18 March 2024

Kiama bypass changed the face of the countryside and eased the horrors of summer holiday traffic

| Jen White
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Aerial photo of Kiama.

An aerial view south towards Kiama, prior to construction of the Kiama bypass. The old alignment of the highway carried traffic over Spring Creek before veering east into Kiama. Kiama Cemetery is at the right, while the South Coast rail line is to the left. Photos: State of NSW (Transport for NSW).

These days the drive from Wollongong to Nowra is an easy run of about an hour, but 40 years ago it was a very different experience.

They were the days when you followed the single-lane Princes Highway through the Minnamurra bends and battled your way along Manning and Terralong streets through the Kiama shopping precinct.

It was a long, slow trip at the best of times, but during the busy summer holidays traffic could bank up for hours. Throw in a breakdown or an accident and a pleasant holiday became a horror trip home.

Travellers and residents alike were relieved when the first sod was turned on the Kiama bypass in December 1983. The 5.3-km deviation from Kiama Heights to North Kiama Drive was designed to relieve the serious traffic congestion in Kiama’s main shopping streets.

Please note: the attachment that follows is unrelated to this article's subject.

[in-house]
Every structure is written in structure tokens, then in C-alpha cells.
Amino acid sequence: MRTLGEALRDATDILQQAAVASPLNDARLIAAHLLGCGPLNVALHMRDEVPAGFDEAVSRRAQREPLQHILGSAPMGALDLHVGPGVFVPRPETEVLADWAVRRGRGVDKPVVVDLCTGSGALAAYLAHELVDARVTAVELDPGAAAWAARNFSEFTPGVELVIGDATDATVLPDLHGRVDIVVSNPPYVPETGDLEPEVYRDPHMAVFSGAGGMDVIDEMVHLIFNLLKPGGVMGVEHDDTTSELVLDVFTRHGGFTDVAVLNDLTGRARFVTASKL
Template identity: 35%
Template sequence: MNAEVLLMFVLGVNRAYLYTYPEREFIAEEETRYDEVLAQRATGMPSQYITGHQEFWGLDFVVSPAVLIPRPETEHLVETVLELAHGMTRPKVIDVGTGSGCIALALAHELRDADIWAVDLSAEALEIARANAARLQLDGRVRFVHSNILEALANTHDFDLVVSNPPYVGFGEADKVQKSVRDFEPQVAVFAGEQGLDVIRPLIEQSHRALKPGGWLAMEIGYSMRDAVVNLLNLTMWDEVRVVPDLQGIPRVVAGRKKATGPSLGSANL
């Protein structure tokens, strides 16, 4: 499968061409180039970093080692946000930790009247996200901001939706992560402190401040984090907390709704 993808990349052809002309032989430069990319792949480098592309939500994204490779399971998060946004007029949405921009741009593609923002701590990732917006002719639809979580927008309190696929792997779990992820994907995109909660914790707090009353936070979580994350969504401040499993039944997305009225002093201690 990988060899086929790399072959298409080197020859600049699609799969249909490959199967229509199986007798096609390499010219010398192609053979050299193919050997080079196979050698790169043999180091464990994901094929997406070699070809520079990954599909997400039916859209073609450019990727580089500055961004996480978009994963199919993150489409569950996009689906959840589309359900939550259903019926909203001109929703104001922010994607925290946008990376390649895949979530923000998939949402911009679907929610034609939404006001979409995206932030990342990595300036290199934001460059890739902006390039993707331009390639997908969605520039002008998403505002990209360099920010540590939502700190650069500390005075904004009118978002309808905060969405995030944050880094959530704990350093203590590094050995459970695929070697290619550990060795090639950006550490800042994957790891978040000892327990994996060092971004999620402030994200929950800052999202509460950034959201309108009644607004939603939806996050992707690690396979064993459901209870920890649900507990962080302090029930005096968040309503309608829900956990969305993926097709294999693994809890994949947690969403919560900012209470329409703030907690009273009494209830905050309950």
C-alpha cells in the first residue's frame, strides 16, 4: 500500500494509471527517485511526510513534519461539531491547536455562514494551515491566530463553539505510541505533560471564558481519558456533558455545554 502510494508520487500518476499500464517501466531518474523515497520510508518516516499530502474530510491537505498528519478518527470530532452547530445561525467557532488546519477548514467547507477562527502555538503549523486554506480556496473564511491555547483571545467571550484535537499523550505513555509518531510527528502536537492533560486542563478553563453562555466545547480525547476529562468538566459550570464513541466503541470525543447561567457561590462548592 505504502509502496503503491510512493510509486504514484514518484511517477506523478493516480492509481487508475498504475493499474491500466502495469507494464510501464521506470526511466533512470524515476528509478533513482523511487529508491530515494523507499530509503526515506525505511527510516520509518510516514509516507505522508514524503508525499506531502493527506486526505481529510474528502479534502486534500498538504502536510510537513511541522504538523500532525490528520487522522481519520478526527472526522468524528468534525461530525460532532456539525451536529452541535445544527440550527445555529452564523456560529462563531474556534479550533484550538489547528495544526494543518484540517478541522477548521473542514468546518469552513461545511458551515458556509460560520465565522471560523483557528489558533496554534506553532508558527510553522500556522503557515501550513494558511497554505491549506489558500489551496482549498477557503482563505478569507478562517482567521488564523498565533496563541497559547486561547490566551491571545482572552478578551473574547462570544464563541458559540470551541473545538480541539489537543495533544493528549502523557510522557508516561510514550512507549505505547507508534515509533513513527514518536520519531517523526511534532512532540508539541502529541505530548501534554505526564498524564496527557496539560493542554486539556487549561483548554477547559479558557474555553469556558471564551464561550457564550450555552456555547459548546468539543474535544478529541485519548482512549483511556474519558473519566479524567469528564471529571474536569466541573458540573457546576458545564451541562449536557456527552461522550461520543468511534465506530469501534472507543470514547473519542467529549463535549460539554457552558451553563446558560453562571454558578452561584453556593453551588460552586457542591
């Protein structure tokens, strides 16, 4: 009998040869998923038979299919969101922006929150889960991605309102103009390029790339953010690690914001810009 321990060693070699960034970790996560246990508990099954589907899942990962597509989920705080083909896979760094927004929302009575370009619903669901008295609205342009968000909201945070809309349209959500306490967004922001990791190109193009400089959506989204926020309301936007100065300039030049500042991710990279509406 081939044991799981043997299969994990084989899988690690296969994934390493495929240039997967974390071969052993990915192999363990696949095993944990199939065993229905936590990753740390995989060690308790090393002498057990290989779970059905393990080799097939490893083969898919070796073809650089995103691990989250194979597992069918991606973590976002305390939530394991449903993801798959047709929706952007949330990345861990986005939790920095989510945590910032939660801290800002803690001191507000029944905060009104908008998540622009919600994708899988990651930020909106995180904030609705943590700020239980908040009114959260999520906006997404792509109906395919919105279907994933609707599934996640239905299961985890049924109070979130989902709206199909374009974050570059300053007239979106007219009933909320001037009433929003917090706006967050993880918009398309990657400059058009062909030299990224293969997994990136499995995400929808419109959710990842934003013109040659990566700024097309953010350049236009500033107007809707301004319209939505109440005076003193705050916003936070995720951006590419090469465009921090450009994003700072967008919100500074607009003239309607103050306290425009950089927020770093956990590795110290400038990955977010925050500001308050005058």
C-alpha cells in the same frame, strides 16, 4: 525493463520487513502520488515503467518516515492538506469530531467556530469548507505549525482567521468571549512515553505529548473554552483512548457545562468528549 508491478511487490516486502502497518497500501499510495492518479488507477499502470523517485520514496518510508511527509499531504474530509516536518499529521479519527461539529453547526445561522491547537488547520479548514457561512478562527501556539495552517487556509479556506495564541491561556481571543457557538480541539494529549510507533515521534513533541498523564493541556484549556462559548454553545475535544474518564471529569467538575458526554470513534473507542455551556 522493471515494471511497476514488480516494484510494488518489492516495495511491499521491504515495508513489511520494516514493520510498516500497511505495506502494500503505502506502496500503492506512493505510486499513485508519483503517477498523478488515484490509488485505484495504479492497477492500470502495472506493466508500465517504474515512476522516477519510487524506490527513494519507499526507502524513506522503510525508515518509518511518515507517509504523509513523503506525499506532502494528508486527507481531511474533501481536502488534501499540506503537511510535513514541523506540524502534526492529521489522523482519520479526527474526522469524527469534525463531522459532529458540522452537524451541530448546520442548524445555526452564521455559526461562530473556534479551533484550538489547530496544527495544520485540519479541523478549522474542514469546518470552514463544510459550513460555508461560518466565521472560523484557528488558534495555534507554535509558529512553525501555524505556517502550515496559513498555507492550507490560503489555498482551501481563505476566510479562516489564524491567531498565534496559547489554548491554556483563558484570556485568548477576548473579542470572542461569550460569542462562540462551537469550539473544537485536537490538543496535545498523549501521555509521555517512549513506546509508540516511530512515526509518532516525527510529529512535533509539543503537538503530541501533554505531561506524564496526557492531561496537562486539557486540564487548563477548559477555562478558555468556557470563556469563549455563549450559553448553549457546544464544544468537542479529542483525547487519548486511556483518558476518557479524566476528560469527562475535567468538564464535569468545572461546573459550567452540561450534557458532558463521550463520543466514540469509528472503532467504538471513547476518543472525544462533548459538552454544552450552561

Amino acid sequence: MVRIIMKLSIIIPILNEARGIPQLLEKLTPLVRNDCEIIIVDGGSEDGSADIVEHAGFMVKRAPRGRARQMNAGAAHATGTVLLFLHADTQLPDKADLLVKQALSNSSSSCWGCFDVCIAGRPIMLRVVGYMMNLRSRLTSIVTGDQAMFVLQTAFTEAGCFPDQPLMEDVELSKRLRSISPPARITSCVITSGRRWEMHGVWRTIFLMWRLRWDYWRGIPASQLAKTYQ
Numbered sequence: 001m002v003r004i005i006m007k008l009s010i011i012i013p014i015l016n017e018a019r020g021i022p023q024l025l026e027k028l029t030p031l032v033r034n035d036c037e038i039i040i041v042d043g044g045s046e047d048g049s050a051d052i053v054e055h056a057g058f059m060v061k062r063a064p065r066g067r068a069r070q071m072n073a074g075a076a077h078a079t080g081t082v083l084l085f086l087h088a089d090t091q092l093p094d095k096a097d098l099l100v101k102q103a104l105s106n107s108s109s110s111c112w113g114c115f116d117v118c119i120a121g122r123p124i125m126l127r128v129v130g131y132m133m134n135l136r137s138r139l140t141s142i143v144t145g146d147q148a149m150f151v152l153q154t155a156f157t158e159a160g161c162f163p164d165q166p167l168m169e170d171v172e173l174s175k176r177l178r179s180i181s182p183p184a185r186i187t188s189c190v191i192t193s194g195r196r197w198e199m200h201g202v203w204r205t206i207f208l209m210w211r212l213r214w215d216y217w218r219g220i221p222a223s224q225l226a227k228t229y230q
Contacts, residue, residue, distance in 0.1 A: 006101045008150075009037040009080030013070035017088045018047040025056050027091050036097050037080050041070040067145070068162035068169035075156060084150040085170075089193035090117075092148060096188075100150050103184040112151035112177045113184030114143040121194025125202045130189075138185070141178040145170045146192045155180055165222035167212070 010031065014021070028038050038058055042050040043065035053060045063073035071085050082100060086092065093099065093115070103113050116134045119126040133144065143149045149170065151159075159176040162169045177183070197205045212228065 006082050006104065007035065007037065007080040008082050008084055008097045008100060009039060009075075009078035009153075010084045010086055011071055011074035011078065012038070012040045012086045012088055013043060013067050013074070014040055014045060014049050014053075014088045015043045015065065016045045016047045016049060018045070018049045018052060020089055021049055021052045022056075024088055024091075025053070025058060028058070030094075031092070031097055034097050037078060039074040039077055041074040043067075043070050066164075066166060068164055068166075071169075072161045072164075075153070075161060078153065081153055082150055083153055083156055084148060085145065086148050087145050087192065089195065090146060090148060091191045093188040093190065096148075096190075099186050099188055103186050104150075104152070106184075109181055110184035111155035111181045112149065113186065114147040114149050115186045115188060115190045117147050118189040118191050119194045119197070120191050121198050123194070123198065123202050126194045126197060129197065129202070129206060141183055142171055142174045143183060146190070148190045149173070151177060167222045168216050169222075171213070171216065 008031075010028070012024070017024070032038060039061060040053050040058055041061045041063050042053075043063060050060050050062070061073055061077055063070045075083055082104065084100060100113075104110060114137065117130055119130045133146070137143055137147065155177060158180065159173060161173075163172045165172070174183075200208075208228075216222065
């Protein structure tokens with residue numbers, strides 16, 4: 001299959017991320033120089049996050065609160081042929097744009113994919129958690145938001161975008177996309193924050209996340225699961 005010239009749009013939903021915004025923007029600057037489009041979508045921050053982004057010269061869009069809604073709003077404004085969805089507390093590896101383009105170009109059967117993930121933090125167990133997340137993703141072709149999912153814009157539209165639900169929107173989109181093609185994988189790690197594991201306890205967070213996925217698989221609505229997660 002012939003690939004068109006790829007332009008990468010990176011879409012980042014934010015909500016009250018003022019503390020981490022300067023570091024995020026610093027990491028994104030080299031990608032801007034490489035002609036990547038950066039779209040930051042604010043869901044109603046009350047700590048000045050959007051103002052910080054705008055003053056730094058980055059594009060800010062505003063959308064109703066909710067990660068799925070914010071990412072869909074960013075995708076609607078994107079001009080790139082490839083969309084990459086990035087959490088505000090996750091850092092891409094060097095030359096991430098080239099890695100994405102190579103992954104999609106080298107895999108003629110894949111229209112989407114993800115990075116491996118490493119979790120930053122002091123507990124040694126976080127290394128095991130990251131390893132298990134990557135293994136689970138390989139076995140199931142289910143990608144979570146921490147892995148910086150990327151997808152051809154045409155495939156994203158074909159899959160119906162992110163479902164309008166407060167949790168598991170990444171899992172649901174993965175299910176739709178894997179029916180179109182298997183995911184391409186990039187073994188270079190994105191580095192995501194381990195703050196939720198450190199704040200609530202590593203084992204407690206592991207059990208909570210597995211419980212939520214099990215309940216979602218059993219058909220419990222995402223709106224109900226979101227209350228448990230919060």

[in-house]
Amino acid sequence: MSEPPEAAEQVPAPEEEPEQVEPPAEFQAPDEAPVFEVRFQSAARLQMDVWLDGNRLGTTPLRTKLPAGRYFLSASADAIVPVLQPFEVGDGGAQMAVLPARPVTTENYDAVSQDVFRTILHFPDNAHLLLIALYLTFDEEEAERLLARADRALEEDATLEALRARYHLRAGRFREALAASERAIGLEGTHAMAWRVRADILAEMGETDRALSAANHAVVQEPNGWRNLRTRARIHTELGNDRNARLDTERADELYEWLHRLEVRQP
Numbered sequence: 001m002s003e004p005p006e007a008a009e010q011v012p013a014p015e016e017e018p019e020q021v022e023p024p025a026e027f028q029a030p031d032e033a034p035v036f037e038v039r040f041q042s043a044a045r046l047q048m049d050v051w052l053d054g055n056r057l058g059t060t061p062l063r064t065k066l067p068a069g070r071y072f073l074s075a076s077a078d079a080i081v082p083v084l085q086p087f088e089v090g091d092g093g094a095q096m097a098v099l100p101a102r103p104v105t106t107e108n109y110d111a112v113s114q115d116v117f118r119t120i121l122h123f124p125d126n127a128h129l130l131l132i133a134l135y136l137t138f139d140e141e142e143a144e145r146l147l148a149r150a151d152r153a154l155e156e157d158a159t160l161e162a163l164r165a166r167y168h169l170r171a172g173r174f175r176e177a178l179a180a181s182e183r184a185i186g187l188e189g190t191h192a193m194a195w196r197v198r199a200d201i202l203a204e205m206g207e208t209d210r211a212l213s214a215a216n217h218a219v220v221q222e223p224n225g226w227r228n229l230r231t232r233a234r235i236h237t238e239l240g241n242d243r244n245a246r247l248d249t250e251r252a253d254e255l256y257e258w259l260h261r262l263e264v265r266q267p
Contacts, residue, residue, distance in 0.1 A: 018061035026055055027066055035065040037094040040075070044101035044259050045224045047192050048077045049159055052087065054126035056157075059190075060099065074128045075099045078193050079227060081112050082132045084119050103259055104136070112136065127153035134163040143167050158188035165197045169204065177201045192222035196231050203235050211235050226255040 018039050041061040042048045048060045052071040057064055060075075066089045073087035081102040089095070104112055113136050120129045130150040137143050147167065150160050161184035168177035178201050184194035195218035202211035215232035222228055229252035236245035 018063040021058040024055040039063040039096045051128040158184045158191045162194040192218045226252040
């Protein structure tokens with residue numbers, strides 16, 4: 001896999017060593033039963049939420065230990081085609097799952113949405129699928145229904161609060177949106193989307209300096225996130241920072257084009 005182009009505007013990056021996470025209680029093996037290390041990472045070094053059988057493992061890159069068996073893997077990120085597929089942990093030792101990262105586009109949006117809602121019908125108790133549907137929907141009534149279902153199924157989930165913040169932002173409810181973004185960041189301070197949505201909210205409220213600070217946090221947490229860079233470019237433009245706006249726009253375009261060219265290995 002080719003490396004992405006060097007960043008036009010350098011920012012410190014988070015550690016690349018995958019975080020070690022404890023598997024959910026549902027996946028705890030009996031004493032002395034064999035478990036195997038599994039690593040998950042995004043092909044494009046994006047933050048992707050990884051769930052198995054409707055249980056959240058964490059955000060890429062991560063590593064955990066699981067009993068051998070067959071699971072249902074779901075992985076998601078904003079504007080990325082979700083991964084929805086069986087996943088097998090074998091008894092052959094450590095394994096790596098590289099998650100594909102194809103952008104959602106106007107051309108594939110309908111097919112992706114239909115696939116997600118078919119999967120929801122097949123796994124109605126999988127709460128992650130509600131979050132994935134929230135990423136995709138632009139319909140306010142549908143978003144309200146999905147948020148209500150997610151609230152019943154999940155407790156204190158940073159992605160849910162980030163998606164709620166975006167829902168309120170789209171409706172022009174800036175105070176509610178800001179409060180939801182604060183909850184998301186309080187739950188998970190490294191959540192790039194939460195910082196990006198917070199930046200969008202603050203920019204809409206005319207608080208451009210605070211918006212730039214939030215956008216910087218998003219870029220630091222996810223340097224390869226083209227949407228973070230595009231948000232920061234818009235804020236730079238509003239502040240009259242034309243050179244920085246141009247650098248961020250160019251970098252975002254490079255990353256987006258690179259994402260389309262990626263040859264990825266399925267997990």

The project took four years to complete and involved construction of bridges over a railway siding, Spring Creek, Terralong Street and Bland Street, as well as a bridge to take Saddleback Mountain Road over the bypass.

READ ALSO Early Kiama settlers braved thick scrub to build homes and a thriving township

According to the Department of Main Roads (DMR), “the dual carriageway would result in vastly improved conditions for both through and local road users, with improved safety, less congestion and reduced travelling time.

“It enhanced the amenity of the local area and stimulated the tourist industry which was vital to the continued development of Kiama and other popular tourist resorts on the South Coast of NSW,” the DMR said.

By the time it opened to traffic in December 1987, the $20 million price tag had jumped to $27 million. The Kiama community still had to agitate for a similar bypass of North Kiama Downs, which took about 10 years due to its potential impact on the Minnamurra wetlands.

The $179 million North Kiama bypass was eventually opened on 26 November 2005.

Transport for NSW’s historical archive features a pictorial timeline of the construction of the Kiama bypass, showing how dramatically the countryside has changed in the past 40 years.

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